Skin Cancer

Get the Facts

What Is Skin Cancer?

Skin cancer is a type of cancer that starts in the cells of the skin.  Skin cancer most often develops on skin exposed to the sun’s ultraviolet (UV) radiation (rays), but skin cancer can occur anywhere on the body.

The two most common types of skin cancer—basal cell and squamous cell carcinomas—are highly curable, but can be disfiguring and costly to treat. Melanoma, the third most common skin cancer, is more dangerous and causes the most deaths.  Skin cancer is the most common cancer in the United States.

What Causes Skin Cancer?

UV rays are a major cause of all skin cancers.  Too much exposure to UV rays from either the sun, or from indoor tanning devices like beds, booths, and lamps penetrates the skin, causing the skin to make more melanin, which turns skin dark or red.  Any change in skin color after UV exposure (whether it is a tan or a burn) is a sign of injury, not health.

Up to 90% of melanomas are estimated to be caused by UV exposure. Melanoma is the deadliest form of skin cancer and is on the rise in New York State.  UV exposure can also cause cataracts and cancers of the eye (ocular melanoma).

Even if a sunburn or tan fades, the damage caused by that tan or burn does not, and the effects cannot be reversed.  Most of a person’s lifetime skin damage occurs before the age of 18 years.  Skin damage adds up with each sunburn or tan and may one day result in skin cancer.

Did You Know…?

  • One in five Americans will get skin cancer in his or her lifetime.[1]
  • Melanoma is among the top five cancers for adults age 20 to 34.[2]
  • Family members, particularly mothers, have a strong influence on indoor tanning among youth. Research shows that 44.5% of youth who started tanning before age 16 reported going with a family member. Nearly half of the time that family member was reported to be the mother.[3]
  • Studies show a relationship between starting to indoor tan at a younger age and more frequent tanning and increased skin cancer risk. [4]


[1] American Academy of Dermatology.  (n.d).  Skin cancer.  Retrieved from
[2] New York State Cancer Registry.  (2018) Skin cancer in New York State: Tenth annual report 2017.
[3] Watson, M., Shoemaker, M., & Baker, K. (2017).  Indoor tanning initiation among tanners in the United States. JAMA Dermatology, 153(5):470-472.  doi:10.1001/jamadermatol.2016.5898
[4] Boniol, M., Autier, P., Boyle, P., & Gandini, S. (2012).  Cutaneous melanoma attributable to sunbed use: Systematic review and meta-analysis. BMJ, 345:e4757.  doi:

Reduce Your Risk

The best way to lower the risk for skin cancer is by avoiding exposure to ultraviolet (UV) radiation (rays), whether it be from an indoor tanning device or outdoor sunlight.

  • The sun’s UV rays can damage your skin in as little as 15 minutes.
  • Indoor tanning (using a tanning bed, booth, sunbed, or sunlamp to get tan) exposes users to high levels of UV rays for the purpose of getting a tan.

In addition, although everyone’s skin can be damaged by UV rays, people with certain risk factors are more likely than others to develop skin cancer:

  • A lighter natural skin color;
  • Skin that burns, freckles, reddens easily, or becomes painful in the sun;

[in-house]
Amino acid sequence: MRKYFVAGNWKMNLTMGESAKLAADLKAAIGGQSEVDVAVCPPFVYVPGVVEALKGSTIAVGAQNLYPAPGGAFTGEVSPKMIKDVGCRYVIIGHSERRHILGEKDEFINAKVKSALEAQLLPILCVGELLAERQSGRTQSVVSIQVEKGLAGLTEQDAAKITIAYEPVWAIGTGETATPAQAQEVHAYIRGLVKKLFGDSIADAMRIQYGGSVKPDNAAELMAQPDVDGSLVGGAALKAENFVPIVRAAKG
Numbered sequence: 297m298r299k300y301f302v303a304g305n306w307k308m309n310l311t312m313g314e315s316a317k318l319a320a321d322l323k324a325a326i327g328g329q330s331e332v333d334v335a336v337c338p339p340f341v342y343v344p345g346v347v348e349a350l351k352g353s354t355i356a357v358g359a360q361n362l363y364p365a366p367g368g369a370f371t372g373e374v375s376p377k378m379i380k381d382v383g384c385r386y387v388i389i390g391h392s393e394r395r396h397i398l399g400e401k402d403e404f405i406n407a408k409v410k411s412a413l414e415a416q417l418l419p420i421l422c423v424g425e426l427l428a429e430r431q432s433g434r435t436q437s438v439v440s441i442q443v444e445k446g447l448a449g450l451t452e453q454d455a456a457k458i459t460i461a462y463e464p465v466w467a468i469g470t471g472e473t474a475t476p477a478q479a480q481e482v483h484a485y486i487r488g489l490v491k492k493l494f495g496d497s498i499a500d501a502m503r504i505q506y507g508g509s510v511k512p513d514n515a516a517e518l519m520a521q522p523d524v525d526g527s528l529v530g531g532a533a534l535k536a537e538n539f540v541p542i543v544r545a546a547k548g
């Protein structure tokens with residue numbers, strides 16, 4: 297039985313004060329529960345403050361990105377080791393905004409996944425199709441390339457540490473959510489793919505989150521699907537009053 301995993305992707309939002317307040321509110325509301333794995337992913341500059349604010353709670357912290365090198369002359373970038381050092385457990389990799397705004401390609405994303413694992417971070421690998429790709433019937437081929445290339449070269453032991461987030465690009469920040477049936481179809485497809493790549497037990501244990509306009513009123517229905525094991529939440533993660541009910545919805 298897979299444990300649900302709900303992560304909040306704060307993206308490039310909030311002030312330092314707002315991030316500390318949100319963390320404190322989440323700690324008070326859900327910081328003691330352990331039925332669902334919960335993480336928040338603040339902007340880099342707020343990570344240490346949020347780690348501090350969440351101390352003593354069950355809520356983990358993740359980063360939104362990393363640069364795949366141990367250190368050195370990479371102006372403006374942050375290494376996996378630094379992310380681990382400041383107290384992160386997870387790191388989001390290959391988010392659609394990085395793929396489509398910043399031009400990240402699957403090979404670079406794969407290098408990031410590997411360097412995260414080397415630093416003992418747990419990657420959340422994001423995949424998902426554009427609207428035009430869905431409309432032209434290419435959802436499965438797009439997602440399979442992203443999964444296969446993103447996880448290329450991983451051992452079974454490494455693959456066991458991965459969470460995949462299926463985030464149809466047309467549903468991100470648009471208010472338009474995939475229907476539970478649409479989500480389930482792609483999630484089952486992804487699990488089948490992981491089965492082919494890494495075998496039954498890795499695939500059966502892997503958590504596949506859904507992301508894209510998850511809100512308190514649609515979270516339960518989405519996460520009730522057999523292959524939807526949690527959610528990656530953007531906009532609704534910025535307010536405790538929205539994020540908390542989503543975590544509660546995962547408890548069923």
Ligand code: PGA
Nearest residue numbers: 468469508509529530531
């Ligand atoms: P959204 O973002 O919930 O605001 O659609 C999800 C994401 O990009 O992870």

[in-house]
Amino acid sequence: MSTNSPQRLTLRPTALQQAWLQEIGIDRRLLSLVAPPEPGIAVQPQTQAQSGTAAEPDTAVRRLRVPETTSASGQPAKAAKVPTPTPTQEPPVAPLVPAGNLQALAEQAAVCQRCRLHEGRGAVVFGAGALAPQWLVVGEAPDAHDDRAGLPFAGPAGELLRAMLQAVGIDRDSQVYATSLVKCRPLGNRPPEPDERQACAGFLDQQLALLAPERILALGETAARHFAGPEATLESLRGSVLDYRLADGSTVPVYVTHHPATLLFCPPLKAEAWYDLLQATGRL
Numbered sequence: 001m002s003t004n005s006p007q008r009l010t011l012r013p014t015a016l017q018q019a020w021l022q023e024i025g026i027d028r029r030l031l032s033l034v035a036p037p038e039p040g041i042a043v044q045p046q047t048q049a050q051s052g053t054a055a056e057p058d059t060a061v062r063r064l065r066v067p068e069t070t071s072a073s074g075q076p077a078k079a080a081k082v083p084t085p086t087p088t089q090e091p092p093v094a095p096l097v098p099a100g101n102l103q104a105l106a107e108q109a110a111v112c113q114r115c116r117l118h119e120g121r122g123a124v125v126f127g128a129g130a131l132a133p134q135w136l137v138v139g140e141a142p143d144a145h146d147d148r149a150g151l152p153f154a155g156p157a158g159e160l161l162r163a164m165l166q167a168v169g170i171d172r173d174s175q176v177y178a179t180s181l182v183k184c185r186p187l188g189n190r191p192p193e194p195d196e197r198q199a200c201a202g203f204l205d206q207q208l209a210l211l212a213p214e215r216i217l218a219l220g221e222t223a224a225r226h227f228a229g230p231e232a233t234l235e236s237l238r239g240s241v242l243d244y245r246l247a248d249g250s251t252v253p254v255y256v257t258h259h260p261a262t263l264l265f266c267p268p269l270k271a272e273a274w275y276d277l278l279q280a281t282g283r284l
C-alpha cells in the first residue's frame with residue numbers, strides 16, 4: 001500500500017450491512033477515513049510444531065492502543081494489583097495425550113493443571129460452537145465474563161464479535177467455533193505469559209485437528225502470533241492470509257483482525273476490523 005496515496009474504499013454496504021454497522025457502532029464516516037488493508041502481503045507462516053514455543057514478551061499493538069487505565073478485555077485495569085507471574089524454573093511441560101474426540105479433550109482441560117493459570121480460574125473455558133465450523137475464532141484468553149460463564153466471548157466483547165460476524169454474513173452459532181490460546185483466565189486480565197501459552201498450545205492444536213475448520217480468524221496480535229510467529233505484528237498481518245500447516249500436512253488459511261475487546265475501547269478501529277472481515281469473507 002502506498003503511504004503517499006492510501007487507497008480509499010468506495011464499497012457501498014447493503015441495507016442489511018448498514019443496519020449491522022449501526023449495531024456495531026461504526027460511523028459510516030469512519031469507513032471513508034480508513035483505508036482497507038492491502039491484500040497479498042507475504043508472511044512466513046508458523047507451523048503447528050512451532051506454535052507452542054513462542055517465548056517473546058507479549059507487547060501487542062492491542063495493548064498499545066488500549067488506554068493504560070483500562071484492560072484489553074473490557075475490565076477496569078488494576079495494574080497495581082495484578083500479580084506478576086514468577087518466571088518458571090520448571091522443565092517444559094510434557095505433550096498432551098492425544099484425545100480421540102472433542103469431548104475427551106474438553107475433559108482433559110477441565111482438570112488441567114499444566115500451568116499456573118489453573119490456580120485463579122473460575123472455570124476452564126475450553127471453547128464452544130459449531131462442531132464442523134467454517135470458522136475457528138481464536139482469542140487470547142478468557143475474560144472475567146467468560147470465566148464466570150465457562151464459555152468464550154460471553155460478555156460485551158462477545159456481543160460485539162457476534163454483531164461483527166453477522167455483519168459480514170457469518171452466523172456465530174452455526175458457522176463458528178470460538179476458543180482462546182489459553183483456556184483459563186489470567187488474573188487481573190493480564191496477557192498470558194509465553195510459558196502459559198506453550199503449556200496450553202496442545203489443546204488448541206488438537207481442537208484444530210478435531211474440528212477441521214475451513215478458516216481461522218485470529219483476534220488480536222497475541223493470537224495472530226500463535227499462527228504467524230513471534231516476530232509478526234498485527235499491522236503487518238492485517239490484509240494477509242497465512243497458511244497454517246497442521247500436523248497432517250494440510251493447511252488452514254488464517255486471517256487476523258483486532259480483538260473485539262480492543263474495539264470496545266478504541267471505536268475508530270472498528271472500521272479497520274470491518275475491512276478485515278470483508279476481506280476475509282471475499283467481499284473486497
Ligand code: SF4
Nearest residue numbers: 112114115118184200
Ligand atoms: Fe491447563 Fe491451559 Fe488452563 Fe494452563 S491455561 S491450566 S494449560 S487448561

• Blue or green eyes;
  • Blond or red hair;
  • Certain types and a large number of moles;
  • A family history of skin cancer; and/or
  • A personal history of skin cancer.

Practice Sun Safety

Protection from UV rays is important all year round, not just during the summer or at the beach. UV rays from the sun can reach you on cloudy and hazy days, as well as bright and sunny days. UV rays also reflect off surfaces like water, cement, sand, and snow.  Everyone should practice these sun safety behaviors:

  • Seek shade especially between 10am and 4pm;
  • Cover up with clothing, including a broad-brimmed hat and UV-blocking sunglasses;
  • Apply sunscreen with SPF 15 of higher. Reapply every 2 hours and after swimming, excessive sweating, or toweling off; and
  • Keep newborns out of the sun.

Start sun protection habits at an early age. Skin damage from UV exposure adds up over time, increasing the risk of getting skin cancer with age.

Avoid Indoor Tanning

Avoiding UV radiation from indoor tanning beds, booths, and sunlamps can help prevent skin cancer.  Indoor tanning is more intense than natural sun exposure and tanning devices give off high levels of UV radiation in a short amount of time.  It is illegal in New York State for teenagers younger than age 18 to use indoor tanning facilities.

Be a Sun Safe Worksite and Protect Your Employees

Businesses, daycares, outdoor recreation settings, outdoor worksites, schools, and other employers can help prevent skin cancer. Worksites can offer education and reminders to staff, install shade outside, provide sunscreen at no charge, and adopt an internal policy which addresses sun safety.  By adopting a sun safety policy, organizations can help make the healthier choice the easier choice for staff, students, families, and patrons.

Spread the Word

Individuals, families, worksites, and communities can all do their part to stress the importance of sun safety and the dangers of UV rays.  To learn more about preventing skin cancer or if your business or organization would like to learn more about adopting a sun safety policy, contact a local Cancer Prevention in Action resource in your county.

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